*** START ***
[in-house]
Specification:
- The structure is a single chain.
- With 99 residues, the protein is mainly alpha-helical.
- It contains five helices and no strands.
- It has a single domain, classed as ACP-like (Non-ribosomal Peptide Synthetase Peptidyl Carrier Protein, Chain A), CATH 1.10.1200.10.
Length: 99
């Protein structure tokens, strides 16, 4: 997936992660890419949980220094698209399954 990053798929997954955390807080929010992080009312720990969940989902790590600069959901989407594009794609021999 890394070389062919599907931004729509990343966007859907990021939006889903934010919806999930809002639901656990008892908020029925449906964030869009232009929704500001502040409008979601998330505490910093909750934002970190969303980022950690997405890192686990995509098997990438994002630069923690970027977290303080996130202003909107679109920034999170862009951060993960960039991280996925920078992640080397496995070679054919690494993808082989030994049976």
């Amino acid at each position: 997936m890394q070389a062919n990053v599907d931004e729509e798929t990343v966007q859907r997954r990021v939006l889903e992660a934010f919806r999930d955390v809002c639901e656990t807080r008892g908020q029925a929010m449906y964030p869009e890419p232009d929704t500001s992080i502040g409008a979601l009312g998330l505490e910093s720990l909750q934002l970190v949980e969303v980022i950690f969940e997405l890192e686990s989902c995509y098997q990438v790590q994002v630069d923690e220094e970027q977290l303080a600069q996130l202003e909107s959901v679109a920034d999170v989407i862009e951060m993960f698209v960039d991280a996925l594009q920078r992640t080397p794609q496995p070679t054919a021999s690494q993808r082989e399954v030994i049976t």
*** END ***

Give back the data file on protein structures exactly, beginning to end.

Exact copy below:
[in-house]
Specification:
- The structure is a single chain.
- With 99 residues, the protein is mainly alpha-helical.
- It contains five helices and no strands.
- It has a single domain, classed as ACP-like (Non-ribosomal Peptide Synthetase Peptidyl Carrier Protein, Chain A), CATH 1.10.1200.10.
Length: 99
């Protein structure tokens, strides 16, 4: 997936992660890419949980220094698209399954 990053798929997954955390807080929010992080009312720990969940989902790590600069959901989407594009794609021999 890394070389062919599907931004729509990343966007859907990021939006889903934010919806999930809002639901656990008892908020029925449906964030869009232009929704500001502040409008979601998330505490910093909750934002970190969303980022950690997405890192686990995509098997990438994002630069923690970027977290303080996130202003909107679109920034999170862009951060993960960039991280996925920078992640080397496995070679054919690494993808082989030994049976």
């Amino acid at each position: 997936m890394q070389a062919n990053v599907d931004e729509e798929t990343v966007q859907r997954r990021v939006l889903e992660a934010f919806r999930d955390v809002c639901e656990t807080r008892g908020q029925a929010m449906y964030p869009e890419p232009d929704t500001s992080i502040g409008a979601l009312g998330l505490e910093s720990l909750q934002l970190v949980e969303v980022i950690f969940e997405l890192e686990s989902c995509y098997q990438v790590q994002v630069d923690e220094e970027q977290l303080a600069q996130l202003e909107s959901v679109a920034d999170v989407i862009e951060m993960f698209v960039d991280a996925l594009q920078r992640t080397p794609q496995p070679t054919a021999s690494q993808r082989e399954v030994i049976t």